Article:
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Posts Tagged ‘Whenua’

Whenua
Waiariki

Waiariki (Stevenson’s Arm) is the picturesque stretch of water in Lake Wānaka between Parakārehu (Stevenson’s Peninsula) and the mainland. In 1844, the southern Ngāi Tahu leader Te Huruhuru drew Waiariki on a map for government agent Edward Shortland, who misinterpreted Waiariki as a separate lake.

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Whenua
Te Wehi-a-Te-Wera

Te Wehi-a-Te-Wera is the Māori name for The Neck, the long, narrow peninsula at the entrance to Te Whaka-a-Te-Wera (Paterson Inlet) at Rakiura (Stewart Island). The name refers to the well-known Ngāi Tahu tipuna, Te Wera, who escaped to Rakiura following a series of inter-tribal conflicts in Otago.

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Whenua
Moturau

Moturau is the correct Māori name for Lake Manapōuri in Te Rua-o-te-Moko (Fiordland). Roto-Ua is an earlier name for the lake, and was given by the Waitaha explorer Rākaihautū when digging the lake with his kō, on account of the persistent rain that troubled his party here. Puhiruru (Rona Island) is the island in the…

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Whenua

Ruapuke Island, 15 kilometres southeast of Awarua (Bluff), guards the eastern approaches to Te Ara-a-Kiwa (Foveaux Strait). This 1600 hectare island was the location of a major Ngāi Tahu settlement in the 19th century, and was the home of the great southern chief Tūhawaiki and his successor Topi Pātuki.

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Whenua

Kā Roimata-a-Hinehukatere Kā Roimata-a-Hinehukatere is the traditional Māori name for the Franz Josef Glacier. Hinehukatere was a woman who in ancient times had a passion for mountaineering, but her sweetheart Wawe was not as agile as her.

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Whenua

In 1863 Dr James Hector recruited Henare Paramata and five other Māori guides for his Fiordland expedition. On 26 August 1863 Paramata guided Hector into Whakatipu Waitai, where they were looked after by Tūtoko and his whānau. The snowy peak of Mount Tūtoko, which was named by Hector, can be seen in the background.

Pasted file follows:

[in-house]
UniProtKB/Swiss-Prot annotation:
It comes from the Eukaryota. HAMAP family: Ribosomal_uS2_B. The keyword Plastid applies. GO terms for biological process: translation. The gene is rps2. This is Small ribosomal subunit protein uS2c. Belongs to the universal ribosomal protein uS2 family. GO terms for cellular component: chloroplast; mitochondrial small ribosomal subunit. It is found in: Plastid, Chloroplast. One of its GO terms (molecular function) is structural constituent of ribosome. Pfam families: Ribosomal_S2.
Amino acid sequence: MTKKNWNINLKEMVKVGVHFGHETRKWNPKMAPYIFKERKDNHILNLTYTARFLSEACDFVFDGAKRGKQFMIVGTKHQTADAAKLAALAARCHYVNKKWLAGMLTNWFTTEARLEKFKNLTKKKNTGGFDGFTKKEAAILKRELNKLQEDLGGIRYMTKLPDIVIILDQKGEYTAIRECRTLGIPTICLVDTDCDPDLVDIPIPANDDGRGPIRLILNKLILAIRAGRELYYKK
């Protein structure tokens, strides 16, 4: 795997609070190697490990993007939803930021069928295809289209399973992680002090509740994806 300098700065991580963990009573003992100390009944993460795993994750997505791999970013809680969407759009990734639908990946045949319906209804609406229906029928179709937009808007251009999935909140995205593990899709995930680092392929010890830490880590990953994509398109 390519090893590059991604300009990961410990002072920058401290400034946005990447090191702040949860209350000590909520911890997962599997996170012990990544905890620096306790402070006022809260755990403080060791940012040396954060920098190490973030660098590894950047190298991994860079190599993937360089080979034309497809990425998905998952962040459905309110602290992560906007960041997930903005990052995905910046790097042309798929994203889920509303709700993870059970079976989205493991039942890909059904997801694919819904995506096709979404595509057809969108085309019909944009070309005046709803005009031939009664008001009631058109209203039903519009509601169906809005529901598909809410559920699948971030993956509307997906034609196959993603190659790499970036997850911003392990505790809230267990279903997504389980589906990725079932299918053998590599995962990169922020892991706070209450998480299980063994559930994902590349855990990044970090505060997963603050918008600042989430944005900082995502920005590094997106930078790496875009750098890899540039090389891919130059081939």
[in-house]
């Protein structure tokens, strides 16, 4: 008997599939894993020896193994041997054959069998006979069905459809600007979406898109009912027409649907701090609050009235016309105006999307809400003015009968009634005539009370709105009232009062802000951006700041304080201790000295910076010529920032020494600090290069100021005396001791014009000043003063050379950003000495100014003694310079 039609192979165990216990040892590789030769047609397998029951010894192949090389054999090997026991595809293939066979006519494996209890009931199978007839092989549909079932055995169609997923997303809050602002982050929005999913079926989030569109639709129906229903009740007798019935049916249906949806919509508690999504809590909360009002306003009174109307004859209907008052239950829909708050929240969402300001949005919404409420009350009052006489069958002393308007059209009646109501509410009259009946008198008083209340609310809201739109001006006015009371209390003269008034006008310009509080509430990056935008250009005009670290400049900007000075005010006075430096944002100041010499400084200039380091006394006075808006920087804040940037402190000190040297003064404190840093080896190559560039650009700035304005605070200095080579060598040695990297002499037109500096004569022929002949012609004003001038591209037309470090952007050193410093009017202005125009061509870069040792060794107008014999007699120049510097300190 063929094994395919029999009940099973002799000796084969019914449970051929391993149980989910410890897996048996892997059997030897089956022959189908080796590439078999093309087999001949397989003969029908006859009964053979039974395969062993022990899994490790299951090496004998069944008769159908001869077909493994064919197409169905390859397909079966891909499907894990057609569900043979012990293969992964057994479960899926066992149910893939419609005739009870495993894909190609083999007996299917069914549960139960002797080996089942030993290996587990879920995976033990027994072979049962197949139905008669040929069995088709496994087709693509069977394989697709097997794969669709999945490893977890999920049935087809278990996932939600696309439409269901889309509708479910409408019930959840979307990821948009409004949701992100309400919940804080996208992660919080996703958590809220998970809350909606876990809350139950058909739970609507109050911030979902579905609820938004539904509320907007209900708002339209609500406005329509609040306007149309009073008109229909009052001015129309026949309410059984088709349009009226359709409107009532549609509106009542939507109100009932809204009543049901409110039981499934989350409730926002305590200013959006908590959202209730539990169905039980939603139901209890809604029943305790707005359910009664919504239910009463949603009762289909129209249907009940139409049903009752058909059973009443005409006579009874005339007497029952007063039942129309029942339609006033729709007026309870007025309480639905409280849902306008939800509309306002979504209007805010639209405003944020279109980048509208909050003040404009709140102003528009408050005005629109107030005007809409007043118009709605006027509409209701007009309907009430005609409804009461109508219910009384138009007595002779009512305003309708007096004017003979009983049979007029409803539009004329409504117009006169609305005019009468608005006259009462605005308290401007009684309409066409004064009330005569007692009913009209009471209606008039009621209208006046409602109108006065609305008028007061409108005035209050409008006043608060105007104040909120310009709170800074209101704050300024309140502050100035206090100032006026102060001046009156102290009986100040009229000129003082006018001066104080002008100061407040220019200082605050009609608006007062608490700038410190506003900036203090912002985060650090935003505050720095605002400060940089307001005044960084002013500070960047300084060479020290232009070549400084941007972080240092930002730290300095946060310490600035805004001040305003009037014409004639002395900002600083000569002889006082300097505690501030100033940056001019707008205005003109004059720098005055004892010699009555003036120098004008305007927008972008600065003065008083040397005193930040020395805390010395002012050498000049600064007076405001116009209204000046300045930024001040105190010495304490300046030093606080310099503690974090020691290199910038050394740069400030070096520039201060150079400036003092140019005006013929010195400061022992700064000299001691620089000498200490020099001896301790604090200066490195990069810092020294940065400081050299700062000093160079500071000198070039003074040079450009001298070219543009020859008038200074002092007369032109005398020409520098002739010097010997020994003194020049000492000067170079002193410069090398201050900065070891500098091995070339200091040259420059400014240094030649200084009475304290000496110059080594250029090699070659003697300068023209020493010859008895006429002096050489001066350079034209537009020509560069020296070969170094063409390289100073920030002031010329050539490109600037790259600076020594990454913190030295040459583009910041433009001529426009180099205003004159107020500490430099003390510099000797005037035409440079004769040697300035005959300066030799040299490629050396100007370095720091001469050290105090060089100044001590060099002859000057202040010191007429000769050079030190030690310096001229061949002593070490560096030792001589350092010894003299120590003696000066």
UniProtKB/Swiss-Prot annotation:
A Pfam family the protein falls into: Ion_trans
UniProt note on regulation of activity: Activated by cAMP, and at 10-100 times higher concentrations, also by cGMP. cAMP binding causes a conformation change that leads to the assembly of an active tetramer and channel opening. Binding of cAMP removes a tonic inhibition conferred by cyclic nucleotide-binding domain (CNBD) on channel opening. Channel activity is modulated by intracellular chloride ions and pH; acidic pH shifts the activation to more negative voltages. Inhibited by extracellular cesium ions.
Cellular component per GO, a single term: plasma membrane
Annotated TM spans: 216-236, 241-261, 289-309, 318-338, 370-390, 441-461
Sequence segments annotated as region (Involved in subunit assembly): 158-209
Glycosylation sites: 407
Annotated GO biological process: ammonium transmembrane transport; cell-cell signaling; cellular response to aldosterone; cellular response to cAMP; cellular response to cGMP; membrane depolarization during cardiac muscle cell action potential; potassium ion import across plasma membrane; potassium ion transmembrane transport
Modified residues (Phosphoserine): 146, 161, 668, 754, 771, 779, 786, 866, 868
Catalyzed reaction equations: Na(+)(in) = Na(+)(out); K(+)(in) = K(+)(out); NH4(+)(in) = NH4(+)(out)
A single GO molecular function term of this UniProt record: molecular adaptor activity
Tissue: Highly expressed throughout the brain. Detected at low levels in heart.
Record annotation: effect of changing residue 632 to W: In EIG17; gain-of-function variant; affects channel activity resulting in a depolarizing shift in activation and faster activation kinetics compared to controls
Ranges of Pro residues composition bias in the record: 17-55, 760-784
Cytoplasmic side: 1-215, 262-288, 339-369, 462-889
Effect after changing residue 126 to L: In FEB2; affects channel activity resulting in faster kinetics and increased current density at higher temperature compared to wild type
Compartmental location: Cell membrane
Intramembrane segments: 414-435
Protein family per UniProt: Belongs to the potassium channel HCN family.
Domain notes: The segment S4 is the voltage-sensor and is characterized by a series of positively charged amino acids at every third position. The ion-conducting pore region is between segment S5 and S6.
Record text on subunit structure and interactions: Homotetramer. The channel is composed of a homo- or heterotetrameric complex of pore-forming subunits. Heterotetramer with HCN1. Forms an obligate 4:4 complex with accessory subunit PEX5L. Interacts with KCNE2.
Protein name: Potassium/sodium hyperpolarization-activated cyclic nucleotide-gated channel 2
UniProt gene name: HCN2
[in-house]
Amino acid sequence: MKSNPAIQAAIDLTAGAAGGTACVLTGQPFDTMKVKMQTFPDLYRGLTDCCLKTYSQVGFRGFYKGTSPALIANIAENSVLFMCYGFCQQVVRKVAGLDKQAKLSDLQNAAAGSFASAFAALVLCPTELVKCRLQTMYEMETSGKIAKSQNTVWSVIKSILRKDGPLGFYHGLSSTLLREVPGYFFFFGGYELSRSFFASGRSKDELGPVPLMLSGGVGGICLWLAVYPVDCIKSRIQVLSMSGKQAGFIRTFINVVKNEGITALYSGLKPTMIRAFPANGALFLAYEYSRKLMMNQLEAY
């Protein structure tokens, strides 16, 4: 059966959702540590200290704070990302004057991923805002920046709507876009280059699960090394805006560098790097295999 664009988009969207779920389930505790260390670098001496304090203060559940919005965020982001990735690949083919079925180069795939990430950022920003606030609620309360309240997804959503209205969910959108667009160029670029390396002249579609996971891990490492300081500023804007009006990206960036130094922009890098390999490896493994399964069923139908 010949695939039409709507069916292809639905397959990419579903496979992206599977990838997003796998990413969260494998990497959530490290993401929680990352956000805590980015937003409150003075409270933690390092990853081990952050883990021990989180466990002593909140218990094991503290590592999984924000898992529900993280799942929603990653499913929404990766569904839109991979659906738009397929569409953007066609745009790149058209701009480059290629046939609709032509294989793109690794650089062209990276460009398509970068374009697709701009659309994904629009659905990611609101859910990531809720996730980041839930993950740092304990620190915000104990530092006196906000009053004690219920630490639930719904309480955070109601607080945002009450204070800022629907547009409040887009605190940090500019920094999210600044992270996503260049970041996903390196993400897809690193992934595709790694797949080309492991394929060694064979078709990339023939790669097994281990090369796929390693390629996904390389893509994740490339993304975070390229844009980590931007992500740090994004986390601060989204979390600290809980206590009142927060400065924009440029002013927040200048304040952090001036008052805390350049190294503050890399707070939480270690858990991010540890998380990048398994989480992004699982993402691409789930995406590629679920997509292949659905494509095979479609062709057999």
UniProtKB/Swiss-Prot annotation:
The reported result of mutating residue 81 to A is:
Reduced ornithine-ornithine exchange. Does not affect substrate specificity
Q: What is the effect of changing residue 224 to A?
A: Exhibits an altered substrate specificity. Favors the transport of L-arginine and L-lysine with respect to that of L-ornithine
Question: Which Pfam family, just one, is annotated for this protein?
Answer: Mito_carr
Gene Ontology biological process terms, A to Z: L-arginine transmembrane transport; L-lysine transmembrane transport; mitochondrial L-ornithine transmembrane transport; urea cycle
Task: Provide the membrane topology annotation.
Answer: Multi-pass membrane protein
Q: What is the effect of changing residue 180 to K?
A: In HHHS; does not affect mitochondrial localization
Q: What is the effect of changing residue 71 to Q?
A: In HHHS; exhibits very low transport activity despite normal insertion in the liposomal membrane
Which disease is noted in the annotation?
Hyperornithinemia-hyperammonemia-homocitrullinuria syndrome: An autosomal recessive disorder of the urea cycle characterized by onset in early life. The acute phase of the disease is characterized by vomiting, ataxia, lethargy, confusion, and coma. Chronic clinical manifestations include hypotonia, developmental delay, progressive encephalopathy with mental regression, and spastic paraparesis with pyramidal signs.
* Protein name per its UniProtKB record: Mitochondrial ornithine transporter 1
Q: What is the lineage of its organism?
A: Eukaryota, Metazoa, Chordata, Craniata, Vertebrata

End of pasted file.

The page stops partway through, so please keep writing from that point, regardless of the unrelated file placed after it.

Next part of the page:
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Whenua

Taramakau The Taramakau River rises in Kā Tiritiri-o-te-moana (the Southern Alps) and flows into Te Tai-o-Rehua (the Tasman Sea) south of Greymouth. The upper reaches of the Taramakau are renowned as a source of pounamu, with several significant pounamu working sites located at the river mouth.

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Whenua

Awarua (the Haast River) flows from Kā Tiritiri-o-te-moana (the Southern Alps) into Te Tai-o-Rehua (the Tasman Sea) north of Ōkahu (Jackson Bay). Awarua was part of the traditional travel route over Tioripātea (Haast Pass) and along the Makarore (Makarora River) that connected Te Tai Poutini (the West Coast) with lakes Wānaka and Hāwea. During the…

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Whenua

Moeraki Onekakara is the beach on the northern coastline of the Moeraki Peninsula, where the main Moeraki wharf is located today. In the 19th century, the name Onekakara was used to refer to the shore whaling station (established on the beach in 1836), and the European settlement that formed nearby. Traditionally, the name Moeraki specifically…

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Whenua

Horomaka Horomaka Island in Koukourārata (Port Levy) commemorates the arrival of the Makawhiu waka in Canterbury. After Tūtekawa killed the wives of his brother-in-law Tūāhuriri at Te Whanganui-a-Tara (Wellington), he escaped to Te Waipounamu, where he established Waikākahi pā on the eastern shore of Te Waihora (Lake Ellesmere). Determined to exact revenge, Moki, the son…

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